Top Six Data and Analytics Trends – 2024

Published 2023-12-11, updated 2023-12-11

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Summary - While 2023 has been a year of innovation and advancements in data and analytics, 2024 promises to be a year of revolution and change. This exciting transition is mostly driven by advances in Large Language Models and Artificial Intelligence. In this post, Allan Wille, CEO and Co-Founder of Klipfolio shares his outlook on the top six trends in 2024.


More than ever, data and analytics play a pivotal role in shaping businesses and society at large. With ground-breaking trends redefining our interaction with data and analytics, 2024 promises to be a monumental year.

So, let’s get to it. Here are my predictions for the top six data and analytics trends for 2024.

#1. The AI Revolution

The combination of LLMs (Large Language Models) and AI (Artificial Intelligence) will have a profound impact on every facet of the modern data stack. In this exhilarating partnership, LLMs access vast amounts of data, but must harness the power of semantics and knowledge graphs to provide invaluable context. Data and analytics professionals will get a front-row seat as the symbiotic relationship between LLMs and AI revolutionizes data transformation, preparation, analysis, and interpretation. A cascade of new features and new possibilities will wash over data teams, business analysts, and users. It's exciting, but, as we all know, not all that glitters is gold. Most organizations still struggle with their data because up to 80% of it is unstructured or lacks semantic meaning. The good news is that LLMs can filter and classify unstructured data enabling the extraction of valuable insights from otherwise “messy” data (like customer support and sales conversations).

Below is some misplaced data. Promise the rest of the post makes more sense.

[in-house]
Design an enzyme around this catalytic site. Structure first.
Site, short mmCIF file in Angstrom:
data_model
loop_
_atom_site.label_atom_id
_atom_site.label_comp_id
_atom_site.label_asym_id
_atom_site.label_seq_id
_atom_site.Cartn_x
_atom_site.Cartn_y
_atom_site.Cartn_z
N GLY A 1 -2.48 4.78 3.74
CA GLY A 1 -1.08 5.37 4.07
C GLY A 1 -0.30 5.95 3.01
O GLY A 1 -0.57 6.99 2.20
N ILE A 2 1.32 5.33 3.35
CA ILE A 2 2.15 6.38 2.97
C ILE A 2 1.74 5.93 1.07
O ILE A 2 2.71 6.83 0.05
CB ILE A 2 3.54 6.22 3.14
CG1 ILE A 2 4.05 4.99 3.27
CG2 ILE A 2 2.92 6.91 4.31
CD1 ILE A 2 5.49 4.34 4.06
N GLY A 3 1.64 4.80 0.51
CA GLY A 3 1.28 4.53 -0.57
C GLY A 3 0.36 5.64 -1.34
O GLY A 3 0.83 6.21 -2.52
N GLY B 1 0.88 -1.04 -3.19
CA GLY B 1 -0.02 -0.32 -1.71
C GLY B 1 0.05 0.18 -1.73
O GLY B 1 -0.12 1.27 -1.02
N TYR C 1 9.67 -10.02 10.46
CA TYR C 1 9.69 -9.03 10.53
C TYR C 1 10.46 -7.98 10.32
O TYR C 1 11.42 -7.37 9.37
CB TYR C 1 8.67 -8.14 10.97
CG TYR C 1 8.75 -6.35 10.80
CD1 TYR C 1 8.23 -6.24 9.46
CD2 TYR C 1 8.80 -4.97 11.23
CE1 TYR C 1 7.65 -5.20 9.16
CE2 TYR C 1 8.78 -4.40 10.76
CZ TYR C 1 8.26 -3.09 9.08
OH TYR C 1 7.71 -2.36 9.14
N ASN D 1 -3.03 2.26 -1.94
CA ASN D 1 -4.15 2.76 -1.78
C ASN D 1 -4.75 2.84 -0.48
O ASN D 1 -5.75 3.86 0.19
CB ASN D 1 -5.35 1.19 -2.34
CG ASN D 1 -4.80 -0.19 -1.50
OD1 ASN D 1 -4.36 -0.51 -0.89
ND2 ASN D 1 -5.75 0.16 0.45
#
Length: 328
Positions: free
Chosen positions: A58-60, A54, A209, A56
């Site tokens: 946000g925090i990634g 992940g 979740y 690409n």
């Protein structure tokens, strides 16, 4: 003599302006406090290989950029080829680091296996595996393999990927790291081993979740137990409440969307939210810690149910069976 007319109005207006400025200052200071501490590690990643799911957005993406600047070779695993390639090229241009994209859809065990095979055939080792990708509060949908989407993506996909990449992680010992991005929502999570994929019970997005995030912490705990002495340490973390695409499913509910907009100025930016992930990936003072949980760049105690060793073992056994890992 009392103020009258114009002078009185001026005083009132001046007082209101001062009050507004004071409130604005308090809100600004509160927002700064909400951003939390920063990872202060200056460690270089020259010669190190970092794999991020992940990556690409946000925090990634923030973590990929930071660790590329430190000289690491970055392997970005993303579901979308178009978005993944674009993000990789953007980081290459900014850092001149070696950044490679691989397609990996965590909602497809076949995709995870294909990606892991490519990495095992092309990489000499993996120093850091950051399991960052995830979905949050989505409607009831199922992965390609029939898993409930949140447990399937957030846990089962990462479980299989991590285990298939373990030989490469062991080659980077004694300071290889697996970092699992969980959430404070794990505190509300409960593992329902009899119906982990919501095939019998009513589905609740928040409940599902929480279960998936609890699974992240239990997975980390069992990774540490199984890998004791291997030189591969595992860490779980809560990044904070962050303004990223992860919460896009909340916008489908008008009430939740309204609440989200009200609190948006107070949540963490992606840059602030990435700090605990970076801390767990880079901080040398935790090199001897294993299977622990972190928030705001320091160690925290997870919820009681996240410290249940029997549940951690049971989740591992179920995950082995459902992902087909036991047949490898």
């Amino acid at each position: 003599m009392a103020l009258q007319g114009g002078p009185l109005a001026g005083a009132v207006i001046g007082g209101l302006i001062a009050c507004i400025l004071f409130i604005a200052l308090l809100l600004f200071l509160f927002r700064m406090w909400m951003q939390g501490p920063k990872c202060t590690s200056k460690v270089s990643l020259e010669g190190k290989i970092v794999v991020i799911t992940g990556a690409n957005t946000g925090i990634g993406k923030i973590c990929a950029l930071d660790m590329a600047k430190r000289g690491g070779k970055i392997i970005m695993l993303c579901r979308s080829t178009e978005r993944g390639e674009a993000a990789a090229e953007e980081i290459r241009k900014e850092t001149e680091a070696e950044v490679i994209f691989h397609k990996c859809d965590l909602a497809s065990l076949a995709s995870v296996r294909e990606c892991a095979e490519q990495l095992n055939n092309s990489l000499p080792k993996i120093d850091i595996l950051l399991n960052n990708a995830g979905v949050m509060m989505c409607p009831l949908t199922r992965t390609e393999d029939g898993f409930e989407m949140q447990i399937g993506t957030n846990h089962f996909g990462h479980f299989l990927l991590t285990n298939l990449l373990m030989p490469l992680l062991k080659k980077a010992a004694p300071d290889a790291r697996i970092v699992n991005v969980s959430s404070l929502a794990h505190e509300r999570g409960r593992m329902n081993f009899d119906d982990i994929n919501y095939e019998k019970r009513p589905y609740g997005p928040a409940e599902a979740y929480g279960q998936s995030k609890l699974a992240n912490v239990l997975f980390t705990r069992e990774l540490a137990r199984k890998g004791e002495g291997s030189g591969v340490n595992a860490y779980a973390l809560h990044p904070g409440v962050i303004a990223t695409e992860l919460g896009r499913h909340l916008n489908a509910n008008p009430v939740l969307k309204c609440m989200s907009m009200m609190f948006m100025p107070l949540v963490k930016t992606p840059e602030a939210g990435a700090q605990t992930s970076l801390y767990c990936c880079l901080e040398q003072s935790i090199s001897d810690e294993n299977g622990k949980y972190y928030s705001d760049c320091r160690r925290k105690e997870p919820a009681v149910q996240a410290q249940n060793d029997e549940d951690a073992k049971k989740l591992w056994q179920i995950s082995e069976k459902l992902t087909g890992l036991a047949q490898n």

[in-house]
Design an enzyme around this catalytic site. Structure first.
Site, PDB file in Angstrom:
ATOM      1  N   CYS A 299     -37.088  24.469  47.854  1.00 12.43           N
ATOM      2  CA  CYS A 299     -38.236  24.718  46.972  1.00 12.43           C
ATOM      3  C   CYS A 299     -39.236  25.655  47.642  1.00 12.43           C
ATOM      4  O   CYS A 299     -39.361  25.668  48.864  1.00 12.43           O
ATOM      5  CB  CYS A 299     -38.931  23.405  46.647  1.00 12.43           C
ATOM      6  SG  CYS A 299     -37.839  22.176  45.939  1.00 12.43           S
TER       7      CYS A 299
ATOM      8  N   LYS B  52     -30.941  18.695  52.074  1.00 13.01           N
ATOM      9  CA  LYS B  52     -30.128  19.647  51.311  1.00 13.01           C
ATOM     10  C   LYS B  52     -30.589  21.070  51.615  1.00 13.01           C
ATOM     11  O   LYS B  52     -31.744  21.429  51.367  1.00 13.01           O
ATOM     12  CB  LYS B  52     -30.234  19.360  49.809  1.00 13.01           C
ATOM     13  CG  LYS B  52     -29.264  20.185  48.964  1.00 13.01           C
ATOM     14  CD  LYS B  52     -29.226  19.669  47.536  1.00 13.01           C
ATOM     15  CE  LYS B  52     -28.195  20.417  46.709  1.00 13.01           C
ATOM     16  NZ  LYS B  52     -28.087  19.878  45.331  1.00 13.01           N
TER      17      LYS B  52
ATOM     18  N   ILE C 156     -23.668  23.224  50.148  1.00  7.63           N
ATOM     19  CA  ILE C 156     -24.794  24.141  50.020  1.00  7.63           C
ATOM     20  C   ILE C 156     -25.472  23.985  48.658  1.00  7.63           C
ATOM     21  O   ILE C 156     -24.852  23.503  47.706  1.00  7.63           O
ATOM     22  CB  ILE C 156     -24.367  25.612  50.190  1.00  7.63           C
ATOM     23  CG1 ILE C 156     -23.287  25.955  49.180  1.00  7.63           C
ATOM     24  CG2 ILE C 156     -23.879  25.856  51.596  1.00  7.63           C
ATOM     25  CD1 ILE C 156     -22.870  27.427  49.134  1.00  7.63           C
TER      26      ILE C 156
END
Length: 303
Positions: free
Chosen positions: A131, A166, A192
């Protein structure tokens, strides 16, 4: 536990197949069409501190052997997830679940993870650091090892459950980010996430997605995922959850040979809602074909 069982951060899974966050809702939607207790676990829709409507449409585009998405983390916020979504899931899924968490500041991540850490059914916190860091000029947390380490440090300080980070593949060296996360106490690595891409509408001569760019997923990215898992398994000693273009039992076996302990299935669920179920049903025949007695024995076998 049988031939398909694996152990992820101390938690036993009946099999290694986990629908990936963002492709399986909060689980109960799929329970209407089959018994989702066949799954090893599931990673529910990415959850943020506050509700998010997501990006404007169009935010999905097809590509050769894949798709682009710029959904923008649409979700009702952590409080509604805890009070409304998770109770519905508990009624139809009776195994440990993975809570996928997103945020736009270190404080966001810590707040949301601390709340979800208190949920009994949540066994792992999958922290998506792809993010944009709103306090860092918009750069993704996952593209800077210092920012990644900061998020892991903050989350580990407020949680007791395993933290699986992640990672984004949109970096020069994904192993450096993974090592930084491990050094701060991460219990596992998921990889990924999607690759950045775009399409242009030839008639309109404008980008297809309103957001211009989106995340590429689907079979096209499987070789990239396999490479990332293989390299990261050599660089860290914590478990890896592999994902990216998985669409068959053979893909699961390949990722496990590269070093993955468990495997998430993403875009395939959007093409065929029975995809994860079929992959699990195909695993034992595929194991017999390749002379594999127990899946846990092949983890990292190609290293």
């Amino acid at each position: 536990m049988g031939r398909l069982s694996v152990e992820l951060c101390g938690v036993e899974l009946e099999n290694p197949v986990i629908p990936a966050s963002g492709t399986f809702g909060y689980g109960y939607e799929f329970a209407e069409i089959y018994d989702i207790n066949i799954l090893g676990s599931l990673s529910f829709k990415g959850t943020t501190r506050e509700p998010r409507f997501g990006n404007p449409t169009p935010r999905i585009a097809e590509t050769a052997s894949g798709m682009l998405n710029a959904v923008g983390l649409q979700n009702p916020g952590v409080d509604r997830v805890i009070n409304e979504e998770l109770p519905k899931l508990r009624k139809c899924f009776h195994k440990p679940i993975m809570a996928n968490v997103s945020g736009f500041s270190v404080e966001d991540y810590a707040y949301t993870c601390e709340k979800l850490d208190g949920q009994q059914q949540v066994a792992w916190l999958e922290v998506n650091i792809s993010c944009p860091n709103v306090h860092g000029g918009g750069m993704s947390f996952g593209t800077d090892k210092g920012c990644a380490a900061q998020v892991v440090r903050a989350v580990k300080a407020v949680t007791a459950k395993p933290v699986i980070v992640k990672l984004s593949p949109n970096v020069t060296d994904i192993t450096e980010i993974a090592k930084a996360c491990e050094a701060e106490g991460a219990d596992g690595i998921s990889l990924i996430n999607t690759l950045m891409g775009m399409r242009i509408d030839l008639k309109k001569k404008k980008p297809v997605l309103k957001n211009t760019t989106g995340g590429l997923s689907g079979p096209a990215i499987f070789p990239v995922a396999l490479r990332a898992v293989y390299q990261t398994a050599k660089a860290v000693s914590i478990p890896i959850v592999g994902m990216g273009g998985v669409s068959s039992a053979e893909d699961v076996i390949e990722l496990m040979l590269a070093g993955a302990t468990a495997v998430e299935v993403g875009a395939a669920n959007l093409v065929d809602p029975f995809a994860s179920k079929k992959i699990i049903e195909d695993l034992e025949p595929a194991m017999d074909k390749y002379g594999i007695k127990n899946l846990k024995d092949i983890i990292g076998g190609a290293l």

#2. Improving Data Literacy

Semantic models and knowledge graphs aren’t just hot topics going into 2024. They’re quickly becoming an indispensable part of the data team toolkit and the future of AI. Along with consistent, reusable metric definitions, these relatively simple models are key to understanding data in context. They simplify consumption for end users and enable AI systems to get meaningful insights from vast, complex data sets. Knowledge graphs are particularly effective at  organizing and interlinking data, helping AI understand relationships and connections. At Klipfolio, we've been evolving this concept over the past five years and are excited to see momentum building with Cube,, and dbt Labs.

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#3. Increasing Security Challenges

When it comes to governance, security, and privacy, 2024 is set to be a challenging year for data leaders. As businesses continue to innovate with LLMs and data, regulatory and compliance requirements will escalate, increasing the governance burden. In response, software startups are providing innovative solutions. For example, data contracts, to manage the exchange of data between departments, and observability systems, to monitor pipeline uptime and detect anomalies.

As the modern data stack evolves and becomes more complex, security events are likely to increase in 2024. The growing use of LLMs and the proliferation of data products results in significant data transfer across platforms, necessitating advanced security measures. Businesses are expected to heavily invest in sophisticated security systems that ensure data protection and compliance with strict privacy regulations. This may give rise to new security-centric roles within data teams and the adoption of advanced technologies like encryption and secure multi-party computation. Organizations that prioritize security will not only safeguard business-critical data, they’ll also gain a competitive edge by earning the trust of customers and stakeholders.

#4. Emerging New Data Products

Data teams are increasingly adopting the practices of software teams, resulting in the emergence of new data products. The fuel provided by LLMs, the convenience of Data-as-a-Service (DaaS), and the affordability of compute and storage all work together to accelerate this motion.